1178 Published Reviews
Chroma QuaternionXbox Series X
It doesn’t hurt that the story is good and the action is fast, and that there are a couple of new mechanics in the fighting either. If you are after a decent, fun to play RPG to while away the hours until lockdown finally eases, you could do a lot worse than spend a bit of time working out Chroma Quaternion.
The movement between the different sub-compartments and the animation it brings does however become very annoying, very quickly, and it is this which destroys the impact of the game in regards to pacing. That said, if you want to try a game that is set twenty thousand leagues under the sea, then Kurst might be worth trying.
Dead DustXbox One
The fact that I had more fun using a cheat code than playing through the game normally says something. I’d give this one a miss, unless you’re looking for some easy Gamerscore of course.
MLB The Show 21Xbox One
Still, MLB The Show 21 is a very well-presented game with a lot of sizzle. However, I’m no baseball expert and couldn’t tell you how well it models the myriad players it has; Aaron Judge is sometimes referred to as “The Judge” by the commentators, for example, which is a nice touch.
Resident Evil VillageXbox Series X
Resident Evil Village is worth every cent. If you loved Resident Evil 7: Biohazard then you’ll be ecstatic about being able to step back into the shoes of Ethan Winters in this new title. This is a game that is worth every penny, offering up a great blend of horror and action alongside some superb character development.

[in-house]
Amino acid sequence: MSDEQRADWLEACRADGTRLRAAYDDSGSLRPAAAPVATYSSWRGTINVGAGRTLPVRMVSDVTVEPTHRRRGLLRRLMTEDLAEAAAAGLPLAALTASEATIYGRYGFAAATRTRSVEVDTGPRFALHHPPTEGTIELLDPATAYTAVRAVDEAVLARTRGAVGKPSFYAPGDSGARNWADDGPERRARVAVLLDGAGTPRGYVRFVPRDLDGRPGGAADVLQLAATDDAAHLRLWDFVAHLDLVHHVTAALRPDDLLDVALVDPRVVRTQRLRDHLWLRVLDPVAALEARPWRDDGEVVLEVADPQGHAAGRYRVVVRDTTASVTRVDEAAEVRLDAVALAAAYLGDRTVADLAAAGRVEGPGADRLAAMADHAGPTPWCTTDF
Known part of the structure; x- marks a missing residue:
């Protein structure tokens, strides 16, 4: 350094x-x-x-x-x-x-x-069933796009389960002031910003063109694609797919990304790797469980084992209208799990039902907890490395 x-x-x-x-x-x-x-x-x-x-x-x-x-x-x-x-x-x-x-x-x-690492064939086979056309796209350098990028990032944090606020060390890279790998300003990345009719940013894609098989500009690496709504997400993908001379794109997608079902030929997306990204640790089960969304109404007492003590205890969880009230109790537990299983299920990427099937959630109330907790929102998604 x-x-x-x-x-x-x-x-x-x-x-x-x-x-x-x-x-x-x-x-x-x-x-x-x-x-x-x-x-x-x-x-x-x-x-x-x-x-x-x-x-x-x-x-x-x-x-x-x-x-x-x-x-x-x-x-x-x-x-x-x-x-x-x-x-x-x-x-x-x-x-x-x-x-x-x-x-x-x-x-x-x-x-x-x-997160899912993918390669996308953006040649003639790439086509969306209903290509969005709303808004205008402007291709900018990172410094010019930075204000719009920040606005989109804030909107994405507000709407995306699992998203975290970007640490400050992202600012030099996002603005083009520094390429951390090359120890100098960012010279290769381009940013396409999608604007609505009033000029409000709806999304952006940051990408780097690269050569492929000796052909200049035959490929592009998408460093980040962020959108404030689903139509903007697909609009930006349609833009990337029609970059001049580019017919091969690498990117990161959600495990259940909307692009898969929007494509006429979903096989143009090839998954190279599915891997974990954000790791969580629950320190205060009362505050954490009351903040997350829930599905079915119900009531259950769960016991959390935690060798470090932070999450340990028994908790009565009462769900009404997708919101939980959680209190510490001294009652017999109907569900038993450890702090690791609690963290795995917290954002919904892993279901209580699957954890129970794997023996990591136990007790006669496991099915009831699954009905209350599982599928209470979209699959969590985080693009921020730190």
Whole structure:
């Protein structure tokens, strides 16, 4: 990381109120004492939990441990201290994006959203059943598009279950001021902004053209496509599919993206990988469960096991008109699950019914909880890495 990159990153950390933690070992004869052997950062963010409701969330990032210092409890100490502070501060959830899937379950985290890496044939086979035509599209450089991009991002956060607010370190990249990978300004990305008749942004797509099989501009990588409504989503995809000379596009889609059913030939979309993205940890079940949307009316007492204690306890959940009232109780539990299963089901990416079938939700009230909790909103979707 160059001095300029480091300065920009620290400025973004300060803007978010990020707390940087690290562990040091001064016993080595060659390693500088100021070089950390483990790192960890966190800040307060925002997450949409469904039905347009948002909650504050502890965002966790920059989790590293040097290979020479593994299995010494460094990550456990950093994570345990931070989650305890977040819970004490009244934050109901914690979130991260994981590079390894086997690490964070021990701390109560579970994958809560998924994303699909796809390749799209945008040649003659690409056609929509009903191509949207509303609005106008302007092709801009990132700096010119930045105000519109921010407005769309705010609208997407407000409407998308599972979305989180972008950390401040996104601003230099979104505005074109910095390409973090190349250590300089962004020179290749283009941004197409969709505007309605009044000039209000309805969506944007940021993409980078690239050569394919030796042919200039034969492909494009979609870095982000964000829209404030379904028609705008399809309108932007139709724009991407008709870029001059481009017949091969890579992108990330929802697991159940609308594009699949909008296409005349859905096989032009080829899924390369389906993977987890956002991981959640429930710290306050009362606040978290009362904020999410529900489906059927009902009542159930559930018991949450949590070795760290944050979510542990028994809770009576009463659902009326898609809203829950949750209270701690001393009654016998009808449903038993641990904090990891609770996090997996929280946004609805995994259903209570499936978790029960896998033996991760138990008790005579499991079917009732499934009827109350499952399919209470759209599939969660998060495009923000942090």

The ColonistsXbox One
If you value your free time, or have a backlog of games to get through, then be warned: The Colonists can put you under the same magical spell as the original Settlers and ANNO. While its slowness can be occasionally irksome, particularly in the Campaign, it has a habit of dragging you back in. Book a week off, find a log cabin with wi-fi and no intrusions, and watch the time disappear.
The Skylia ProphecyXbox One
There will be a couple of different reactions to The Skylia Prophecy on the Xbox. Anyone who expects decent action from their action platformers, with responsive controls and a powerful set of moves, is going to be disappointed and should probably back away. But those who persist past the flaws will find something well-paced, surprisingly non-linear and flecked with good ideas.
Crime Opera: The Butterfly EffectXbox One
Crime Opera: The Butterfly Effect fails to capitalise on its unique premise and setting by falling short where it matters. The writing is juvenile, cringe-inducing, and at times even offensively embarrassing. It takes some level of care and maturity to explore adult themes, and unfortunately the writing here just doesn’t feel appropriate.
Dark Nights with Poe and MunroXbox One
Skate City perde buona parte dei suoi motivi d'essere nel passaggio alla versione PC: la natura mobile del gioco mal si adatta a delle sessioni davanti ad un monitor, e dal punto di vista tecnico lo sviluppatore Agens si è limitato a rendere intelleggibile ai sistemi Windows il codice compilato per iOS, limitandosi ad aggiornare le texture.
Blazing BeaksXbox One